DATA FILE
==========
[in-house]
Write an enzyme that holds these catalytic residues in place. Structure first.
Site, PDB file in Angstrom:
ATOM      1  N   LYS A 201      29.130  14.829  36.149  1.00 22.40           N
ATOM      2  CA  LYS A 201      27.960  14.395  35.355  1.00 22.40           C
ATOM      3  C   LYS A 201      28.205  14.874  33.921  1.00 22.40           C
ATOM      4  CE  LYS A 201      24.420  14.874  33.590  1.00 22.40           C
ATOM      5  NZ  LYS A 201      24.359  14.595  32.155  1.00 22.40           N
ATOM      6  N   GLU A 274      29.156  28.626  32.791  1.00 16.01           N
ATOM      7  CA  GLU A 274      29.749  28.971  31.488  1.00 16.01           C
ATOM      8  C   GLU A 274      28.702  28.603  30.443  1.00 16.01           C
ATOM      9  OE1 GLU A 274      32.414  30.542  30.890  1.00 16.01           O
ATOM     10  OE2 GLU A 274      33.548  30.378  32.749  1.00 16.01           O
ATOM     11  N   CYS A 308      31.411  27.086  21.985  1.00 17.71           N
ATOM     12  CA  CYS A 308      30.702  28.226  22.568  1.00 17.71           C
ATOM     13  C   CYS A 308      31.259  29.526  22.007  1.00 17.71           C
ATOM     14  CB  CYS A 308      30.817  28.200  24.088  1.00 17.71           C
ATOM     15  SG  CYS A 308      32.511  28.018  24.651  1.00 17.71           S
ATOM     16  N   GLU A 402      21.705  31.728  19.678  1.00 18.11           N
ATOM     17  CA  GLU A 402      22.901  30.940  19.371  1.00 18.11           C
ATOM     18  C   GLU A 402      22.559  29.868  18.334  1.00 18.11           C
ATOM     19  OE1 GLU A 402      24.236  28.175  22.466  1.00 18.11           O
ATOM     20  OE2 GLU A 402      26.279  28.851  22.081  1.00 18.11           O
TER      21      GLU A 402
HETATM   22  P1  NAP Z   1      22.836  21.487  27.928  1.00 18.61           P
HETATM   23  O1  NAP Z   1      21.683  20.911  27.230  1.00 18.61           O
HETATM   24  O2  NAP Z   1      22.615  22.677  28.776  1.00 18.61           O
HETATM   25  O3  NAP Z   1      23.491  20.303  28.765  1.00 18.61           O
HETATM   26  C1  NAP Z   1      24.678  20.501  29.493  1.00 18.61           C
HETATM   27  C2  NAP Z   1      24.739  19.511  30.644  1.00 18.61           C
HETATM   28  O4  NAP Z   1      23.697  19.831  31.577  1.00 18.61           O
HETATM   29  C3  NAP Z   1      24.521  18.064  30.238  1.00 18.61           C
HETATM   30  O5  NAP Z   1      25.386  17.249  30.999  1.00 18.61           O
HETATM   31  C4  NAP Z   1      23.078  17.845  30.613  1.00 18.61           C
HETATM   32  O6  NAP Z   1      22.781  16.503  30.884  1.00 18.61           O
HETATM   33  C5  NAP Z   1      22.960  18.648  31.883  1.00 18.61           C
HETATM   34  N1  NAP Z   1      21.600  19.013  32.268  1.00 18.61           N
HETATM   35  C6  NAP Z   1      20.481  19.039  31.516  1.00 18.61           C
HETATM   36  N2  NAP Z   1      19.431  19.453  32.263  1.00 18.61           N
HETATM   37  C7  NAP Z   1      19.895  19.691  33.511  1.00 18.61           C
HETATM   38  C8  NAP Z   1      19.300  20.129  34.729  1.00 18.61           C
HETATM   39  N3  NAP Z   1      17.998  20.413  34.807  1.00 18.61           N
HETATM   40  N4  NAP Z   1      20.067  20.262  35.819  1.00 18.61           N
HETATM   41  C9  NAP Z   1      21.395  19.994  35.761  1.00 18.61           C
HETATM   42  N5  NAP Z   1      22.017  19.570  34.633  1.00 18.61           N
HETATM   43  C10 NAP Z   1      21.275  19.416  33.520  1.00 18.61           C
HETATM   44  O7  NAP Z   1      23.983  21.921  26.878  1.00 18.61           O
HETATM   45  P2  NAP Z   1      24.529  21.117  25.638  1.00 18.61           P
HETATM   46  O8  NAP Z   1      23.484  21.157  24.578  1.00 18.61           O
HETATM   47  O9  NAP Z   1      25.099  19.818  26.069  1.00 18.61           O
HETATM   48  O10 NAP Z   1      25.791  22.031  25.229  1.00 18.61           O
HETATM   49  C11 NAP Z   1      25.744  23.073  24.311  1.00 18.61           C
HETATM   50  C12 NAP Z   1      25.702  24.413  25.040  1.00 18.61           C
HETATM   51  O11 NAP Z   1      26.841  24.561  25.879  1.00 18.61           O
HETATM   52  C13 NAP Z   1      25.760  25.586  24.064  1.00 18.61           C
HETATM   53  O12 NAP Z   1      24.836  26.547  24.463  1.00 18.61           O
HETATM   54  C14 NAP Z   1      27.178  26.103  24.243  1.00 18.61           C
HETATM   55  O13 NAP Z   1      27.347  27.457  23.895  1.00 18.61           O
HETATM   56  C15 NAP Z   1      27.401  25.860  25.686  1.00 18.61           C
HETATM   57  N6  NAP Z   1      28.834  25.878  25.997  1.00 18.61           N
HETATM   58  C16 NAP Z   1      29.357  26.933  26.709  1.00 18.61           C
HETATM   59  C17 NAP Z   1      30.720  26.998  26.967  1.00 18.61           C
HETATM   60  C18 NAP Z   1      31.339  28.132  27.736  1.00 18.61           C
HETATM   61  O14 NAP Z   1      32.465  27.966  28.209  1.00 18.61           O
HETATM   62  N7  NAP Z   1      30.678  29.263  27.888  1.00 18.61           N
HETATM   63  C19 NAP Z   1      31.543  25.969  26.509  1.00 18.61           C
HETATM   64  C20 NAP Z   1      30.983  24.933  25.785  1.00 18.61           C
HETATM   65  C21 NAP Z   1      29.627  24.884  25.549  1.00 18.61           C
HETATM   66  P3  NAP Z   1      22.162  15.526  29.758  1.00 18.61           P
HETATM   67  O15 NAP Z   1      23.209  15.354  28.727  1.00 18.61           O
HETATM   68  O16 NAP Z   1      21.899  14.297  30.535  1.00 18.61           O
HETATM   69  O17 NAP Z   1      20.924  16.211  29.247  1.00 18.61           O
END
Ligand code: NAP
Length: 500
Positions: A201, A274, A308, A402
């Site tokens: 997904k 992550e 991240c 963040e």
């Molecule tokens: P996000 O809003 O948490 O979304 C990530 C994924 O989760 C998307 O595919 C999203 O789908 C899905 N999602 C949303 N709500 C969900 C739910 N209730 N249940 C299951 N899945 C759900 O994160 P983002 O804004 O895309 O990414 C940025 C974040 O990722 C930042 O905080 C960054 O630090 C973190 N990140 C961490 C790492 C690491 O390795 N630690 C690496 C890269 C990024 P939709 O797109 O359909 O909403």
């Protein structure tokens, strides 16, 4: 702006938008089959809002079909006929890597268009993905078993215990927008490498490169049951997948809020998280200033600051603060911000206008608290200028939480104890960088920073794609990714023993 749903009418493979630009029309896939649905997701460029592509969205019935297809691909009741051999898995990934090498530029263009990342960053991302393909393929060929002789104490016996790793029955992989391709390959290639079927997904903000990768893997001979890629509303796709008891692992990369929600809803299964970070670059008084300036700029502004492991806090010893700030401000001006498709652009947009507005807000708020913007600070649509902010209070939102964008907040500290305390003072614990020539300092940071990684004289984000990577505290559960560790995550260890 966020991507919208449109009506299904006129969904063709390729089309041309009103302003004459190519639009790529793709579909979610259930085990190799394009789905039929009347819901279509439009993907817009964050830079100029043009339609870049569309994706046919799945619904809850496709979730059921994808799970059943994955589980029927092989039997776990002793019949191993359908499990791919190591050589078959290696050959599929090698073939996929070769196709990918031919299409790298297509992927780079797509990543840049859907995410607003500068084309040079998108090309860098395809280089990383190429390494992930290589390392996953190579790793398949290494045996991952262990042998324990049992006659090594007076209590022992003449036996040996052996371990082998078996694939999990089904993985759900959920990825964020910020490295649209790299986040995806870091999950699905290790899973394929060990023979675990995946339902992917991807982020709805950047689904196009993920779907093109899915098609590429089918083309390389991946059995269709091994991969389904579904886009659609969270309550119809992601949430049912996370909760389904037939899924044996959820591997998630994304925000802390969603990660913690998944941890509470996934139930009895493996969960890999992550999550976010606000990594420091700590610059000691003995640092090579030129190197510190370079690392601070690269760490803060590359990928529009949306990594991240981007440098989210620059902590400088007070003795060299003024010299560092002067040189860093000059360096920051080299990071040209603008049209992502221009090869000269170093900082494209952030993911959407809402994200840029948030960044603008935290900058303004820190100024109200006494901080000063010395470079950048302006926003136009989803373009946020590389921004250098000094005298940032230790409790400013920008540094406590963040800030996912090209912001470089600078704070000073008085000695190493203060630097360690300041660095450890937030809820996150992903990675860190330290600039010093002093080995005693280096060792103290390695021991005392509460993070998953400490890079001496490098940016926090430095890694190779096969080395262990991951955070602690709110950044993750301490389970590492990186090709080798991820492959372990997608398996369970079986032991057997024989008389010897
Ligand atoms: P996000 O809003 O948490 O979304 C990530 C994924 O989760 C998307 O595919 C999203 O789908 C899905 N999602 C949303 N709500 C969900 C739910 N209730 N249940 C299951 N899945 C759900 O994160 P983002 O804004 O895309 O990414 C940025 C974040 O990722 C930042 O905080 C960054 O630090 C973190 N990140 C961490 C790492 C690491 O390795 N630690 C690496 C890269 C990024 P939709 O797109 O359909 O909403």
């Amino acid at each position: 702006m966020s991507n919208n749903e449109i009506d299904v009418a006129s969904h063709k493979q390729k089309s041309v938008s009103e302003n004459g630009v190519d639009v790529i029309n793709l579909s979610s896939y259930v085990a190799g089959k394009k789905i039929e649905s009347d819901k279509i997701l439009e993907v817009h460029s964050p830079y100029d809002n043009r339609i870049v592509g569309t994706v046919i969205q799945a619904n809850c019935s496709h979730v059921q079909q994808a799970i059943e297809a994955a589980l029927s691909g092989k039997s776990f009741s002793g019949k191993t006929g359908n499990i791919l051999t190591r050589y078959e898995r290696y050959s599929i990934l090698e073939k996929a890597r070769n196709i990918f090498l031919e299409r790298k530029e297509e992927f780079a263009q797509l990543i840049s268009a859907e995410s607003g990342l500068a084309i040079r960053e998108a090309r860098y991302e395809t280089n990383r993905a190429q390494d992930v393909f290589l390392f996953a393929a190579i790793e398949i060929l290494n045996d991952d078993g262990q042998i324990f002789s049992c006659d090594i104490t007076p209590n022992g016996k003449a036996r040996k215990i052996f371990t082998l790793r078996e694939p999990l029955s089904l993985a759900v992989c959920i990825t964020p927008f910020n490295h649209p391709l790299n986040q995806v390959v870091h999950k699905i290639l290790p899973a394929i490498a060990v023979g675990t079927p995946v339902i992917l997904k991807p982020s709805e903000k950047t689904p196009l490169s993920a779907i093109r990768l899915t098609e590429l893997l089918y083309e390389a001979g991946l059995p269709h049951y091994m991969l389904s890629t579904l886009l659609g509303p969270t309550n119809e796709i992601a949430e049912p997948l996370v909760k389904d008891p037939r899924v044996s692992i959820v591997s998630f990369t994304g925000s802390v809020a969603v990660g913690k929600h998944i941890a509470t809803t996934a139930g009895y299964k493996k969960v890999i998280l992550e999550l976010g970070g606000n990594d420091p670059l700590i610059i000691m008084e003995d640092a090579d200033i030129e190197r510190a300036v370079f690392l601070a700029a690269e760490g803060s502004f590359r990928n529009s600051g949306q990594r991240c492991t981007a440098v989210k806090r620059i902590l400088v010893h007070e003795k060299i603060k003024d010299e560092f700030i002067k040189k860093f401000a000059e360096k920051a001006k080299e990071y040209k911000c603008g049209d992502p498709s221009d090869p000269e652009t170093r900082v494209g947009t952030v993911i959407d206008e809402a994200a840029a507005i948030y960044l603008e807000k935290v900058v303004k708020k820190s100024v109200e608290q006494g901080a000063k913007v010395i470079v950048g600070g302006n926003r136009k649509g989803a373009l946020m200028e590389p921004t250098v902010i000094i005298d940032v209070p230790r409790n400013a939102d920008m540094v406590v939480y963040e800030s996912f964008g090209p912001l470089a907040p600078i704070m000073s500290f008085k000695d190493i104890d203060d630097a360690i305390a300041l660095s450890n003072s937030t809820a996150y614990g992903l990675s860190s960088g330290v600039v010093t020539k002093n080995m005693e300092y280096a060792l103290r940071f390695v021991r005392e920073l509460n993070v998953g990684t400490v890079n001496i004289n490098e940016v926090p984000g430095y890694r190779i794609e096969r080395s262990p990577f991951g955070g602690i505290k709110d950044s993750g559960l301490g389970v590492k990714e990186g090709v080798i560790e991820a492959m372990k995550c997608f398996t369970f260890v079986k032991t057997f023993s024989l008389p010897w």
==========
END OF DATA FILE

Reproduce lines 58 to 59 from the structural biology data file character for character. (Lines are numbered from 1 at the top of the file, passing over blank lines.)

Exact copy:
HETATM   55  O13 NAP Z   1      27.347  27.457  23.895  1.00 18.61           O
HETATM   56  C15 NAP Z   1      27.401  25.860  25.686  1.00 18.61           C